Sometimes Grief

There are many ways to refer to mourning. There are the waves of grief, the stages, the levels and the layers. It’s a cycle. It’s a process. It creates a pot of tear soup. Analogies may fail, and everyone is different, but this is how it has felt to me…

Sometimes grief feels like two steps forward but one step back. Logic calls this one step at a time. My heart calls it backward motion. One moment I feel healed, and the next I am a blubbering mess. One day I am accomplishing all-the-things, and the next I can hardly rip myself out of bed.

Sometimes I am proud of myself. One day I was expressing to a friend how frustrated I was at how long grief was taking. She graciously recommended that I make a list of every positive action or change I had made since my loss. I looked at my list with tears and amazement at what I had accomplished. I was immediately thankful for my support system, pleased with the life I had made, and by what God had done in me.

Sometimes I just don’t care. I don’t know what to tell you. Some days I just don’t feel much at all. Usually my body goes on autopilot, or it’s like sleepwalking, and I may or may not remember what happens during that time. Whether I catch myself or not, I can be present in a room without really being there. And I don’t care.

Sometimes I am happy. To say that I love my life now, does not in any way negate the different happiness I had before the death of my loved one. And I do love my life right now. I know full well that life is precious and want to thoroughly enjoy the people and beauty in it. Happy feelings are not the absence of grief, but the choosing to live anyway.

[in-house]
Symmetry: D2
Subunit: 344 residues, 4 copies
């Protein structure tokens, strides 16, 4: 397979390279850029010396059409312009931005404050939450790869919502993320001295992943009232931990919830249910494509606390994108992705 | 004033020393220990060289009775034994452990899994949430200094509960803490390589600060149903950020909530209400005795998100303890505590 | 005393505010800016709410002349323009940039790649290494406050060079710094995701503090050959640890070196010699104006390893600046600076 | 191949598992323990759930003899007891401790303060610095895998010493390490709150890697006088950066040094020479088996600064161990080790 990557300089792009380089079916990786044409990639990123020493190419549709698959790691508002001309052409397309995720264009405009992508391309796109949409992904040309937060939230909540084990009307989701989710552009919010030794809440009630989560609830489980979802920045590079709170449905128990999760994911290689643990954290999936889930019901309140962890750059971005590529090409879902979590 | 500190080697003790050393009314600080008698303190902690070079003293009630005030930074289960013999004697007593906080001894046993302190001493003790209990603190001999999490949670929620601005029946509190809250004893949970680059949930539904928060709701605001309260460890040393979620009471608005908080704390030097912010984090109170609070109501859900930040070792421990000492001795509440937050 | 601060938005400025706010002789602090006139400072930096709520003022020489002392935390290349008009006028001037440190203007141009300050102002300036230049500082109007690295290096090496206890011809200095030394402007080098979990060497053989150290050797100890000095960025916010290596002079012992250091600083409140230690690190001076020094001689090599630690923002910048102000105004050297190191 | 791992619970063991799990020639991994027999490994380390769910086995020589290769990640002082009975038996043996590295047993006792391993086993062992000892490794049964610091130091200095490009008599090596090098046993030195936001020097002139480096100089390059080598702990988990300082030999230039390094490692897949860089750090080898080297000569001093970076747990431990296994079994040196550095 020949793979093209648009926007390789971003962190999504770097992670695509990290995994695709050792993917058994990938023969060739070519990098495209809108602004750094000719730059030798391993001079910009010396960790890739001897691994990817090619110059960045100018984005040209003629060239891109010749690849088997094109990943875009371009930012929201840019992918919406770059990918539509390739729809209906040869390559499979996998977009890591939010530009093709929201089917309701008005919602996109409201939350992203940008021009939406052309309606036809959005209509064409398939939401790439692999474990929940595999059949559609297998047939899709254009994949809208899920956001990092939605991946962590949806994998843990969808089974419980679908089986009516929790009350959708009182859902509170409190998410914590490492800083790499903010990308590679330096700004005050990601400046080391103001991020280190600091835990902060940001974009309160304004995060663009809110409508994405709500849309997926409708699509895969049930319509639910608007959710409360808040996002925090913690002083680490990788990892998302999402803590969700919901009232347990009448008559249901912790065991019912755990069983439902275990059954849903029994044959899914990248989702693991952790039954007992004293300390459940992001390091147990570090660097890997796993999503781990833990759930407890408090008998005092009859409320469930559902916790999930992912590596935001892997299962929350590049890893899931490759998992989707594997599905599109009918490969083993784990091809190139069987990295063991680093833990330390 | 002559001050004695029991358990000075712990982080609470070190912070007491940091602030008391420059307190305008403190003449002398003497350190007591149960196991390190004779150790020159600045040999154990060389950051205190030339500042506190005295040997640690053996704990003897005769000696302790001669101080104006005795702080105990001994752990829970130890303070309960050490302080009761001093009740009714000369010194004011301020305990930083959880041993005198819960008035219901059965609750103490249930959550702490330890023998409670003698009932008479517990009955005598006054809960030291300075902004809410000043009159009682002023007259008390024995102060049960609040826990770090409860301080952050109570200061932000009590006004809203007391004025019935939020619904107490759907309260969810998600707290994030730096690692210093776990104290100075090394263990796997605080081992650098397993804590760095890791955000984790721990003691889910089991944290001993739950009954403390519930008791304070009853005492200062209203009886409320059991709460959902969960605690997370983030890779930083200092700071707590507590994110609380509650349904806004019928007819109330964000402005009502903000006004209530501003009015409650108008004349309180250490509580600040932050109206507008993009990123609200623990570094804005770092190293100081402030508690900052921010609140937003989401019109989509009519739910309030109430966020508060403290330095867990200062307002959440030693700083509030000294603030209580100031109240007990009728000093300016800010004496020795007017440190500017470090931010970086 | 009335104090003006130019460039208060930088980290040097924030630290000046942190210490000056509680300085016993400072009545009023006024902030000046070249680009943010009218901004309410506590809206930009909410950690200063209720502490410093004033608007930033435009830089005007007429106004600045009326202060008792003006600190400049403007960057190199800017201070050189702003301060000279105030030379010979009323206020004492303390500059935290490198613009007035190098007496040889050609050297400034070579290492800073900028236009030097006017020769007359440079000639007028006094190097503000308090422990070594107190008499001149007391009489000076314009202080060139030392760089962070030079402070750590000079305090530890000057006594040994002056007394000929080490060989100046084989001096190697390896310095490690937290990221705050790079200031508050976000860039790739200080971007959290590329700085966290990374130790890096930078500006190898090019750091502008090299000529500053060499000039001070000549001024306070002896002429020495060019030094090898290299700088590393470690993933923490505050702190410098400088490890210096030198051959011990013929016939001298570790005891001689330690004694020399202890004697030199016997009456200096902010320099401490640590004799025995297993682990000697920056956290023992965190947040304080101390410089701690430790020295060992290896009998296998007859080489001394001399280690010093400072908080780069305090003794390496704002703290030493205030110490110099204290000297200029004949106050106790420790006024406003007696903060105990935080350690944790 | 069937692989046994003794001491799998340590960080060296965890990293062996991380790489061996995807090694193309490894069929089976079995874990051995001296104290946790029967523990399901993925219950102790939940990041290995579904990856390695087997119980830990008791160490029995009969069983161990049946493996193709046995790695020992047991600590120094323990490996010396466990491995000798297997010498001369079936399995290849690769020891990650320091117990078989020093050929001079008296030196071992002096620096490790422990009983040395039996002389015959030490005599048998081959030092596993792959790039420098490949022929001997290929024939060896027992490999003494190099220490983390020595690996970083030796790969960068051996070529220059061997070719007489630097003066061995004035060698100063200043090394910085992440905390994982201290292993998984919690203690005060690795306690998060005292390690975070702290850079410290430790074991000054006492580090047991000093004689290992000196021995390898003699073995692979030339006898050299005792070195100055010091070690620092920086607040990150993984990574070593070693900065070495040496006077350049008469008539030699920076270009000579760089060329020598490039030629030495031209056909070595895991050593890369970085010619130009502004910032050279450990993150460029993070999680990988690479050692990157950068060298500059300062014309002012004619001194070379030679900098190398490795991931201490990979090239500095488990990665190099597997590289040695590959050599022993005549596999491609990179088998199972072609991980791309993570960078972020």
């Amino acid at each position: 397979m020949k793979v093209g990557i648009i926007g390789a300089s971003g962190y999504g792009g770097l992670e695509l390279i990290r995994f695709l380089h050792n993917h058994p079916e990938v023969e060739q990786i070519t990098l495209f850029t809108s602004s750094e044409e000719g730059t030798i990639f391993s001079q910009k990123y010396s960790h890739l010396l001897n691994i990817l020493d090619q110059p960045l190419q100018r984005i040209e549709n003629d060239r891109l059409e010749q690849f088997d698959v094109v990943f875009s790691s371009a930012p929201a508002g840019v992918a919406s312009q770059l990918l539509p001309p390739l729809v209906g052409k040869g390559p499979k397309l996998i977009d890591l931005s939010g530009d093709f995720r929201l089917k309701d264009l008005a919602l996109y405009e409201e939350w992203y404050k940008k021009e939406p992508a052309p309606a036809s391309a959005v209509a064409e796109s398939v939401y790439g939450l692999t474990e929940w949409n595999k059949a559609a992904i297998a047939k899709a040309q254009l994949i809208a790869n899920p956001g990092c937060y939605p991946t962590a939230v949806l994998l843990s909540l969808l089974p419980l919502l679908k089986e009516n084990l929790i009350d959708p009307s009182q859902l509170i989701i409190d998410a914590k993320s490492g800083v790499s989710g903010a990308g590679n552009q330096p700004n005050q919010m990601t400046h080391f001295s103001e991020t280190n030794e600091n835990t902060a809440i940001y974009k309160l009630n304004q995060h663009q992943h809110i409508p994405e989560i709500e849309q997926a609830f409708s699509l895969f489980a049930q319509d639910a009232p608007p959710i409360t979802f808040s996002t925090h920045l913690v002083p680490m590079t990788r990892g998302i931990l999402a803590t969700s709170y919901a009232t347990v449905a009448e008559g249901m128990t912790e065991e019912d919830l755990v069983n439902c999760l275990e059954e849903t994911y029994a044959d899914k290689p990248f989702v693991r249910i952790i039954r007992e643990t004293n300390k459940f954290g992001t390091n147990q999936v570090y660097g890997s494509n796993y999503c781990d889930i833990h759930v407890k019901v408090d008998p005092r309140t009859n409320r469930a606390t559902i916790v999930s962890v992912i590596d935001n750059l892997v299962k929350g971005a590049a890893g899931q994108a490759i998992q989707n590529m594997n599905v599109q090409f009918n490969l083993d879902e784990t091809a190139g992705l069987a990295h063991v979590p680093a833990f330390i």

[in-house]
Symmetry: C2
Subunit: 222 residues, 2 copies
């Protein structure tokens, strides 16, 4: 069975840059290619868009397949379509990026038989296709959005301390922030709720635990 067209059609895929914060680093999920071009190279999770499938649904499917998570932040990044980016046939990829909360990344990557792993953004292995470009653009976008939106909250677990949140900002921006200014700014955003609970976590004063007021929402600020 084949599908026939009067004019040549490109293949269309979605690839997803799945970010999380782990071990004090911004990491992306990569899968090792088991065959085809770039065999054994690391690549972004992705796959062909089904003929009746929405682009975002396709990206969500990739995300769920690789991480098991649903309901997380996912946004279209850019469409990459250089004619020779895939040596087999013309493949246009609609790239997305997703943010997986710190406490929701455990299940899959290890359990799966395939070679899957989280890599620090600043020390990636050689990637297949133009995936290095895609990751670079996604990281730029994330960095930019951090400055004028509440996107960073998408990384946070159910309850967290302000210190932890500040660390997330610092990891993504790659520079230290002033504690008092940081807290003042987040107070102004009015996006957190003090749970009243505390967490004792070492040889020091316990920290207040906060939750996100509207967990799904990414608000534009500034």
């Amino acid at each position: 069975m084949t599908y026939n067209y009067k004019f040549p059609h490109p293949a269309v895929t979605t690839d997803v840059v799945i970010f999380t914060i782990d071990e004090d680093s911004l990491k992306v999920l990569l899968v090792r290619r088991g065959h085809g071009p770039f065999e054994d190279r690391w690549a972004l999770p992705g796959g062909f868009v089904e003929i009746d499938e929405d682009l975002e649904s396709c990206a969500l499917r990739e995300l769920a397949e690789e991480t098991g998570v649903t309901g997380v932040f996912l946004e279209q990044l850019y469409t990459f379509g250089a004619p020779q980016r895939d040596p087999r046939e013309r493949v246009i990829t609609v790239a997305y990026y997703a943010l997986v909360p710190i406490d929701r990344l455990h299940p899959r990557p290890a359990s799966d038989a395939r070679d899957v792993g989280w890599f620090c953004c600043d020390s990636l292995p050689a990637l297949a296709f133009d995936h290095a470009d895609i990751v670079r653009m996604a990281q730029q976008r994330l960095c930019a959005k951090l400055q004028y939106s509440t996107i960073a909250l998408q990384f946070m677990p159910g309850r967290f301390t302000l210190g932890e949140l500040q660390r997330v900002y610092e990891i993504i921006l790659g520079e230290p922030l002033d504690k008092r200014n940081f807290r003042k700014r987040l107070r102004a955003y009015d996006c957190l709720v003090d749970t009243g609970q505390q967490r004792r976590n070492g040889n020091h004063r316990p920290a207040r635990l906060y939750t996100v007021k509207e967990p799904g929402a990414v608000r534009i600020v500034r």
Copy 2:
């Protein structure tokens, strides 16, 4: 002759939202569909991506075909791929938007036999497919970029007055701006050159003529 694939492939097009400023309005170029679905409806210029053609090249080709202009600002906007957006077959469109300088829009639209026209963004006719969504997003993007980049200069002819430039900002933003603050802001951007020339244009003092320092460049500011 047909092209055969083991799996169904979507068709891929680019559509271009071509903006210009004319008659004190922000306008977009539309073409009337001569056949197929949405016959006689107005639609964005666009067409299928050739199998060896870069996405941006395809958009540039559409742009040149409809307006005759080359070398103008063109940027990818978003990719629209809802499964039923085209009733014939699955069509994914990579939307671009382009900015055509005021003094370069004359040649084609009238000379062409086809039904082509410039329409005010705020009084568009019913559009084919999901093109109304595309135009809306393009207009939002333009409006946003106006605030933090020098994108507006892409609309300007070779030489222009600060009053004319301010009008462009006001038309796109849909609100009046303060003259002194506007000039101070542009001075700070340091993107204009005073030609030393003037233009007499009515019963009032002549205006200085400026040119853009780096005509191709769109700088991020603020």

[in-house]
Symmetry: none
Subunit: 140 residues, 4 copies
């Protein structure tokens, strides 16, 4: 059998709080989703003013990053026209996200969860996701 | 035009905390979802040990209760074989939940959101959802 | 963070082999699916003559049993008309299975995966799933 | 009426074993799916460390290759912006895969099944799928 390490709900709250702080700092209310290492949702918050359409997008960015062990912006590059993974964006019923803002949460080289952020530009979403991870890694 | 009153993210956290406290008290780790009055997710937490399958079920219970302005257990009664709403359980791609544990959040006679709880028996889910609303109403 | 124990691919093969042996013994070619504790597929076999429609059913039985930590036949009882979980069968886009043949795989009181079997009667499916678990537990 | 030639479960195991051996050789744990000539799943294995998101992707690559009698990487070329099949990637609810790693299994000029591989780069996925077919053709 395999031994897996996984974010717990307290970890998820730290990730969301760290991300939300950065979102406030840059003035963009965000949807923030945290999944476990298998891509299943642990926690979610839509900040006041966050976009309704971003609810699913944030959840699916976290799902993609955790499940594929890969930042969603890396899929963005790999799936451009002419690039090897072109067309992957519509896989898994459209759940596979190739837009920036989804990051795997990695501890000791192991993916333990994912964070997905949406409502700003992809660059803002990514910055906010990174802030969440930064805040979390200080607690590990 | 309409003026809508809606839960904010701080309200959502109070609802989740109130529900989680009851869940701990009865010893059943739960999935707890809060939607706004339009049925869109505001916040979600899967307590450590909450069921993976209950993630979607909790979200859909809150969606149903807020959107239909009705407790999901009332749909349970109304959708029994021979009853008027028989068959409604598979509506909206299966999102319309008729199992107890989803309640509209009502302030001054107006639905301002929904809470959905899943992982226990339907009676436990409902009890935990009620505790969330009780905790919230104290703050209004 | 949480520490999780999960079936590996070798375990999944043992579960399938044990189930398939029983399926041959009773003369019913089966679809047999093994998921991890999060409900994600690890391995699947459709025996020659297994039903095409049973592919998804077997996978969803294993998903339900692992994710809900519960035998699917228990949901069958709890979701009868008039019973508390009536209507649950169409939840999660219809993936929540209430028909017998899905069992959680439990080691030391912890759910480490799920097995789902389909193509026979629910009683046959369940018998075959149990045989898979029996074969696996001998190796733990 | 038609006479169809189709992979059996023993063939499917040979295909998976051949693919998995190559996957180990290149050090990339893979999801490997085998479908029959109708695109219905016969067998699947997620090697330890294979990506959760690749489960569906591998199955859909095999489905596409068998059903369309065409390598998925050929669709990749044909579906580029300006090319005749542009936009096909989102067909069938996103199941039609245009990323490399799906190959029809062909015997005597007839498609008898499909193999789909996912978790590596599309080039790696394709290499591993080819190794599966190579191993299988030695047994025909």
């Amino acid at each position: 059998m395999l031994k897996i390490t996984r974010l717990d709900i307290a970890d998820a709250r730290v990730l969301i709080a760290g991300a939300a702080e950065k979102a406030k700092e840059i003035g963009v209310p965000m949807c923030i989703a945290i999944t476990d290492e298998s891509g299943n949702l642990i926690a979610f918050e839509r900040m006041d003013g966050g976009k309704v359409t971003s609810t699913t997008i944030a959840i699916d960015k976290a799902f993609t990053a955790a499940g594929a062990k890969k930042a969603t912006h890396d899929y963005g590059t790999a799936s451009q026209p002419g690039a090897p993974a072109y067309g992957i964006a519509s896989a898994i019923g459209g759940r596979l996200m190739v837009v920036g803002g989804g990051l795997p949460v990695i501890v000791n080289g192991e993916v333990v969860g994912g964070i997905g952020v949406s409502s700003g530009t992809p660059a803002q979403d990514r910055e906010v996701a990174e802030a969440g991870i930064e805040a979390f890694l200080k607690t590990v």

Sometimes I am sad. It happens much less frequently than it used to, but some days I wake up and feel an enormous sense of loss. At times it’s triggered by a disorienting dream about the one who died. Most of the time there is not an explanation other than that I am just sad. Some days it lasts only a few minutes, while on other days it stays, and I go to bed still sad. And sadness can hit at different times throughout the day, sometimes lasting a long time while at others being only a momentary brush-away-able thought. Some days it permeates everything else. Other times, it hides just below the surface and most people will never know unless I tell them.

Sometimes grief keeps me from sleeping. I try to make my body as tired as possible so that I don’t lay there alone… but my body has its own ideas. When I’m sleeping it’s fitful, with dreams. So I wake up. And sleep is allusive until I just start the day.

Sometimes I sleep soundly. Many nights, my body is so ready for sleep that I fall into it as soon as my head hits the pillow. On nights that I fall asleep feeling loved, with my mind resting on God’s promises and peace, it’s a calm sleep. On the morning following them, I wake up to feel refreshed!

Sometimes I am thankful! I grew up in community. I have had the blessing of being surrounded by many loving people throughout my life, and I have always appreciated them. Yet, I did not feel more encouraged and built up than after Eric died and my people rallied around me – they still do. Furthermore, God has shown his faithfulness in incredible ways that I might never have seen had I not experienced both love and loss.